A color scanning device based on the principles of the present invention can be obtained by constructing the holographic gratings with the apparatus shown in FIG. 5 wherein the three reference beams 64a, 64b and 64c and three signal beams 66a, 66b and 66c comprising the primary colors red, green and blue, respectively, are directed onto disc 67 such that the respective colors overlap each other, that is, red-onred, green-on-green and blue-on-blue, in adjacent relationship along a radius of the disc. ln forming the interference patterns between the respective colors or light beams of discrete wavelength the reference and signal beams are aligned so that the discrete wavelength constituents are incident on the disc at a common angle li therebetween. The next grating is formed by energizing motor 68 to rotate the disc an incremental amount about axis as passing through the center of the disc and changing the angle of incidence of the center beams upon the disc by means of a lens arrangement as was explained for the single-color system shown in FIG. 2. Thereafter, a twodimensional color display oriented transverse to the direction of light propagation can be provided simply by illuminating the disc at the same points and at the same angle of incidence with three reference beams having the same wavelength and wave front curvature as was used in making the respective gratings. In this way, the three diffraction lobes of different color will be focused onto the same point at any given time. This, the color of the display at each resolvable position can be controlled by appropriate gating and amplitude control of the three reference beams.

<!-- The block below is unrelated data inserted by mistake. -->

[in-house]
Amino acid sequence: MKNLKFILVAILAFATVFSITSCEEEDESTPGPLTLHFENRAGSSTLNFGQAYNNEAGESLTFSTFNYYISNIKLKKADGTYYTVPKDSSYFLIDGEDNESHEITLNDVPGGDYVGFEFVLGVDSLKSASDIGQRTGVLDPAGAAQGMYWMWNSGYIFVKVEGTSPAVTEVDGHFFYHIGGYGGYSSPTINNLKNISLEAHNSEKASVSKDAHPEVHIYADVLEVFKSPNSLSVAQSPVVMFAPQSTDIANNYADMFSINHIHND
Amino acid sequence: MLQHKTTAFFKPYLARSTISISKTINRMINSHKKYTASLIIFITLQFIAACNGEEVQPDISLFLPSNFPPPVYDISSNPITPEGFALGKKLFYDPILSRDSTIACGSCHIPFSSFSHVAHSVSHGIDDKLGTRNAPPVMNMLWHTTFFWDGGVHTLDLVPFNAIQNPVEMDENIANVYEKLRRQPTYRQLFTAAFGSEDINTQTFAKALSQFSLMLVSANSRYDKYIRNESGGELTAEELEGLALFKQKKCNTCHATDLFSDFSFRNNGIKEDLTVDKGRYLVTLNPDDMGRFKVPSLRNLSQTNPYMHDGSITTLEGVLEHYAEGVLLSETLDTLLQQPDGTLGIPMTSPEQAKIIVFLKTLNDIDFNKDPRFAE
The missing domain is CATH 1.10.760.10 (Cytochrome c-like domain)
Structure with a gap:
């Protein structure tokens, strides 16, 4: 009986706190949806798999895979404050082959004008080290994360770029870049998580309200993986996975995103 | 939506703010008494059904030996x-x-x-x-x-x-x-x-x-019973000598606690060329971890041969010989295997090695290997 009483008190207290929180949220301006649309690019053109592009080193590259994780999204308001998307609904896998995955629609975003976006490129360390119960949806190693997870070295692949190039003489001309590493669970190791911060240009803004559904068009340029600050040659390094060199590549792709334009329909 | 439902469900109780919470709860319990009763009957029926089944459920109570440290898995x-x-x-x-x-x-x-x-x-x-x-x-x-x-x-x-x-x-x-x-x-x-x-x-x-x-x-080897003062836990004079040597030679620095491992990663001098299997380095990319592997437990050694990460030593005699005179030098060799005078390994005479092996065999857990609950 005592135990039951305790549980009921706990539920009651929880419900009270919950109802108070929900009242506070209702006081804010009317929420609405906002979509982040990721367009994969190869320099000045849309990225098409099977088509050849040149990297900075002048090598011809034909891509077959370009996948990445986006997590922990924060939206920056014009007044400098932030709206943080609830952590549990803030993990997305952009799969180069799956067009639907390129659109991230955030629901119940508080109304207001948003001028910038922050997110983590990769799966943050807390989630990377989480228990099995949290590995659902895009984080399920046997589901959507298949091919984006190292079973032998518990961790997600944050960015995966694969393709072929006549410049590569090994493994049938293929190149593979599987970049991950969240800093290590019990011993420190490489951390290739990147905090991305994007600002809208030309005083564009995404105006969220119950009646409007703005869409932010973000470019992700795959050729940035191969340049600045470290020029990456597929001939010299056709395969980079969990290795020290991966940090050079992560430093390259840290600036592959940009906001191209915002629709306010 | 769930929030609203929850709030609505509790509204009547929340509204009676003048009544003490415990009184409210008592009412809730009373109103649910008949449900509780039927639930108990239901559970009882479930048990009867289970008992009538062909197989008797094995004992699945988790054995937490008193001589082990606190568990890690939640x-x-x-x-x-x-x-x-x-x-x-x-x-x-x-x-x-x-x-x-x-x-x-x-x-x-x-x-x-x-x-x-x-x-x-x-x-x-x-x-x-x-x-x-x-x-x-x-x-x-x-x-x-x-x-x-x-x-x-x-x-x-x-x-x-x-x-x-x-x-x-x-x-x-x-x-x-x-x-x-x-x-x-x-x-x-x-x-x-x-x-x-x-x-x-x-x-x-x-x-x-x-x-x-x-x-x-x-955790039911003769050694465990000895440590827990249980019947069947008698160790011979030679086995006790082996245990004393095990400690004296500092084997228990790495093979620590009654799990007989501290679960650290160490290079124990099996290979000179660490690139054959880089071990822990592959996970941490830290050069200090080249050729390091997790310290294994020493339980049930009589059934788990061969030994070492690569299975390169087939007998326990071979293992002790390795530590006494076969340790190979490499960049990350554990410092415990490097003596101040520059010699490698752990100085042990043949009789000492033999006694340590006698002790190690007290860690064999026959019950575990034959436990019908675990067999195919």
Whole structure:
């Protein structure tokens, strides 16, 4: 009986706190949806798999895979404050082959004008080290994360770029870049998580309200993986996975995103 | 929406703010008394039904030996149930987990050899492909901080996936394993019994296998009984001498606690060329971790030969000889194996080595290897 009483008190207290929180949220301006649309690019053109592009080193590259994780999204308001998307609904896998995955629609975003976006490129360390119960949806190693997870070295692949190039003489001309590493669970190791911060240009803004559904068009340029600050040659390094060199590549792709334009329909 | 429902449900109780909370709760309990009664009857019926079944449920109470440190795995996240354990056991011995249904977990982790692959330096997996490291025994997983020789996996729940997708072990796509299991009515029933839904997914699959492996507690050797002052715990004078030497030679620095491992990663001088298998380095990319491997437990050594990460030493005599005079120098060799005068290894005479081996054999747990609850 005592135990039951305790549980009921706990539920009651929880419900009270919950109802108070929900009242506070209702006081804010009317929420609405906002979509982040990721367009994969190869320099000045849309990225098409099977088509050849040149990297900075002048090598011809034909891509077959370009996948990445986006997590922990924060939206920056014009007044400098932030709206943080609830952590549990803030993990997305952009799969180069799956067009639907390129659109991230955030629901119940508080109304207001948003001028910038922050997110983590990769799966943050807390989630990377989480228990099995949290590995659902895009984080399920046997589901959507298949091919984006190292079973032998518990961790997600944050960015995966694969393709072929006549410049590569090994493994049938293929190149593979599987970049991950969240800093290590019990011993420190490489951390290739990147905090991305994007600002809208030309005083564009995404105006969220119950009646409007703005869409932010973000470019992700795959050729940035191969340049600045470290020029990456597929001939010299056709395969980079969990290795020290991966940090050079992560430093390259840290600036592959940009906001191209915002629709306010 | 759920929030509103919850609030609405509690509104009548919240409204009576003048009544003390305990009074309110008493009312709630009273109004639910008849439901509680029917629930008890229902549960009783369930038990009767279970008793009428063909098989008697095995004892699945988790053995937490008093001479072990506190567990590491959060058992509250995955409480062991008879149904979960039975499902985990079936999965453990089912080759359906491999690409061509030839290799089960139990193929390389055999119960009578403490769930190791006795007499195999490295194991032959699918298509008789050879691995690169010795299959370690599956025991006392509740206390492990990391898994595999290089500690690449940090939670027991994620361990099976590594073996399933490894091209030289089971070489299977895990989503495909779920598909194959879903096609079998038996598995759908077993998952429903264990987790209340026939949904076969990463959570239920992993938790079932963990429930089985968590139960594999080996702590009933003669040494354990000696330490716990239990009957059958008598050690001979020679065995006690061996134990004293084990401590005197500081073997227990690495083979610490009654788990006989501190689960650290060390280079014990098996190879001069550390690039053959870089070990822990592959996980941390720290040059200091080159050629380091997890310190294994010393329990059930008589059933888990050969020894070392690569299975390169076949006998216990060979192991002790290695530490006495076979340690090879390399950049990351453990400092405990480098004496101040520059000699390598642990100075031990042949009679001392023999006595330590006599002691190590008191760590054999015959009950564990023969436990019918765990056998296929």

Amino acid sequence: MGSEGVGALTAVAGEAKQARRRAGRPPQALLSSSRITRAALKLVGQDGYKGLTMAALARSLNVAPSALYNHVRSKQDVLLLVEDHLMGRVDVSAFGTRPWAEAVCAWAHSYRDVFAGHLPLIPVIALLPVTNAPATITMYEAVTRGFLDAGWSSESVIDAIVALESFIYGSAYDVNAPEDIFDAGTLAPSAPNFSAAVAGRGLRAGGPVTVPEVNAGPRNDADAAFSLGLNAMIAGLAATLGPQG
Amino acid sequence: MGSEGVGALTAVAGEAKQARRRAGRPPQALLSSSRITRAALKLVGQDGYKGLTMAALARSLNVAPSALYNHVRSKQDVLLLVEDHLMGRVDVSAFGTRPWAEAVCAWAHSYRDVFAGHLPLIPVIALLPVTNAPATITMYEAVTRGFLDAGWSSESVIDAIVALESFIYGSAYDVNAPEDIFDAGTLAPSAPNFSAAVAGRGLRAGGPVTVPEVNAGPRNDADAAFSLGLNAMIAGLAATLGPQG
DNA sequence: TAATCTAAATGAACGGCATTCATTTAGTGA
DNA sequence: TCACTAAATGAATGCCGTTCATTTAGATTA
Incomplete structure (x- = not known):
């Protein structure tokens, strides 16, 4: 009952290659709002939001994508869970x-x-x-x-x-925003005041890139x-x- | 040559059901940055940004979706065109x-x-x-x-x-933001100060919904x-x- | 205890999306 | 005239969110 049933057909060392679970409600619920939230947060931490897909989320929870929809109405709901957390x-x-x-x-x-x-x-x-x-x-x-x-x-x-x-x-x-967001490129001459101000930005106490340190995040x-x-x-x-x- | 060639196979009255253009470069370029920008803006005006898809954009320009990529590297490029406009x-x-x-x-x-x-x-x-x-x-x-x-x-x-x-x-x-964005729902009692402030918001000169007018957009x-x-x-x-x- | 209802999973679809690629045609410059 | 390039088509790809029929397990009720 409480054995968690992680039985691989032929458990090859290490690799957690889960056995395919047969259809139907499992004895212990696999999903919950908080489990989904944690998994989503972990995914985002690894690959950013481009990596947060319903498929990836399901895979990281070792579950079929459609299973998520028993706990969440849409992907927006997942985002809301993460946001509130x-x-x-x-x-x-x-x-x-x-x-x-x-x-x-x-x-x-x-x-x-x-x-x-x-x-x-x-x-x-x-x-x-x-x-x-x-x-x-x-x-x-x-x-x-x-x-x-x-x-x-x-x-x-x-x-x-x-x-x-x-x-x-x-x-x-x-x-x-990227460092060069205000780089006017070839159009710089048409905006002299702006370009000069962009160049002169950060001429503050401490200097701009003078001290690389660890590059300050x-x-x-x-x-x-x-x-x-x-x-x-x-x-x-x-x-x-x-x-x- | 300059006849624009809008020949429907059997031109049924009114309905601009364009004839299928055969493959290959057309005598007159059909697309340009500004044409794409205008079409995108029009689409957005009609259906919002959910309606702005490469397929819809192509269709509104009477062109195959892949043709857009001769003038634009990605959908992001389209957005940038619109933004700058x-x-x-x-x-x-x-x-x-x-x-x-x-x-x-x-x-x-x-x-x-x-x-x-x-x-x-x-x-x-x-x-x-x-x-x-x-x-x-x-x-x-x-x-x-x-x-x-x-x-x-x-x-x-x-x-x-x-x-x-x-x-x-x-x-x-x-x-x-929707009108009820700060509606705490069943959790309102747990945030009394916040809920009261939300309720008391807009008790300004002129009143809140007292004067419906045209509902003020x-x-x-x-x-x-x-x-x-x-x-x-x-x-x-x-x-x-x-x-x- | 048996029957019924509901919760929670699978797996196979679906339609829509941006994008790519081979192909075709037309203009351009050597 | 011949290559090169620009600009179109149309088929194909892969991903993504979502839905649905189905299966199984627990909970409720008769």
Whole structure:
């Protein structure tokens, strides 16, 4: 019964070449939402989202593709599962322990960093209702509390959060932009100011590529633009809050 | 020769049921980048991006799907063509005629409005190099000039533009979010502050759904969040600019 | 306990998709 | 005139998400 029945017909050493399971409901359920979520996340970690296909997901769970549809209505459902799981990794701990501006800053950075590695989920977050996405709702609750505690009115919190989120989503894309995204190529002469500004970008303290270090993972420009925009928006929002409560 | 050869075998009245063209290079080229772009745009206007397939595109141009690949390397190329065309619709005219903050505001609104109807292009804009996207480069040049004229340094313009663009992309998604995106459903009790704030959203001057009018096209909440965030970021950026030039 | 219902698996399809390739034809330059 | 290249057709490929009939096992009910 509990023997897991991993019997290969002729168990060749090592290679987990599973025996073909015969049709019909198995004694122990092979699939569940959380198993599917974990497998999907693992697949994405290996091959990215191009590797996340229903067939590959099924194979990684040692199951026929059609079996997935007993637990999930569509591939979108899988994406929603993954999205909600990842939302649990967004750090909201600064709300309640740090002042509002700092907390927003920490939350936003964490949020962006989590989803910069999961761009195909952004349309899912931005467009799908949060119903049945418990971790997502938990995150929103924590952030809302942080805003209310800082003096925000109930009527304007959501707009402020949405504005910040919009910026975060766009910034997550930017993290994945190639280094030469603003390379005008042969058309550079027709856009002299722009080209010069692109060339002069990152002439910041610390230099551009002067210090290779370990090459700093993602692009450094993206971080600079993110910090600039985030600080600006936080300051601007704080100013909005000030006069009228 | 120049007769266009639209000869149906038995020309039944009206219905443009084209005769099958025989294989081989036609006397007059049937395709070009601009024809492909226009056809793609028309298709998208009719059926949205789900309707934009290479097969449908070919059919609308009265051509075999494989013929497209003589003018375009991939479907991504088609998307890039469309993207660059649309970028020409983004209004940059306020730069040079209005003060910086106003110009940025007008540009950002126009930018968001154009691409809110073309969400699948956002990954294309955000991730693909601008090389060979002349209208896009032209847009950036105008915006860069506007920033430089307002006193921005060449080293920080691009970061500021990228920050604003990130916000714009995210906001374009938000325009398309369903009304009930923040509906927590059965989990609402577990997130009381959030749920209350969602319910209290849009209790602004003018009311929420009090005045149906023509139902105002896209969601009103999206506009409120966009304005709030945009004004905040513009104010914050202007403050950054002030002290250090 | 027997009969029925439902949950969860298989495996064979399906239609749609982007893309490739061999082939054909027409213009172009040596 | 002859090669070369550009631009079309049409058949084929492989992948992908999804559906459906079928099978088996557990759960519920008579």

An alternative embodiment for providing a two-dimensional single color scan oriented transverse to the direction of light propagation is shown in FIG. 6 wherein a plurality of molded lenses 70a to 70n are positioned on transparent disc 71 in a spiral array. The lenses are constructed with a flat surface on one side in order to be adaptable for connection to the disc by some convenient means such as taping or gluing. A collimated light beam 72 emitted from light source 73 illuminates area 74 lying in the plane of the disc and is focused by lens 70a to a point 75 on screen 77 for the position of the disc shown in the figure. As motor 78 rotates the disc in a clockwise direction, lenses 70a to 7011 sweep the focused light from left to right across lines 8011 to 8%. Light beam 72 in this instance must have a cross section slightly larger than the individual lenses or alternatively must be centered on a point lying on the median radial distance of the plurality of lenses from the center of the disc. Aperture 81 in mask 82 functions as in the previously described devices to permit only one scan line to impinge on the screen at any given time. This device is preferred for its simplicity of construction but is limited to low resolution applications as a result of various aberrations in the lenses. High resolution equivalent to that provided by the diffraction gratings could be obtained only by using microscope objective quality lenses, that is, lenses constructed from an appropriate combination of several lenses.
While a laser source has been stipulated in all of the embodiments it is to be understood that other light sources may also be used but will be accompanied by a degradation of efficiency and resolution.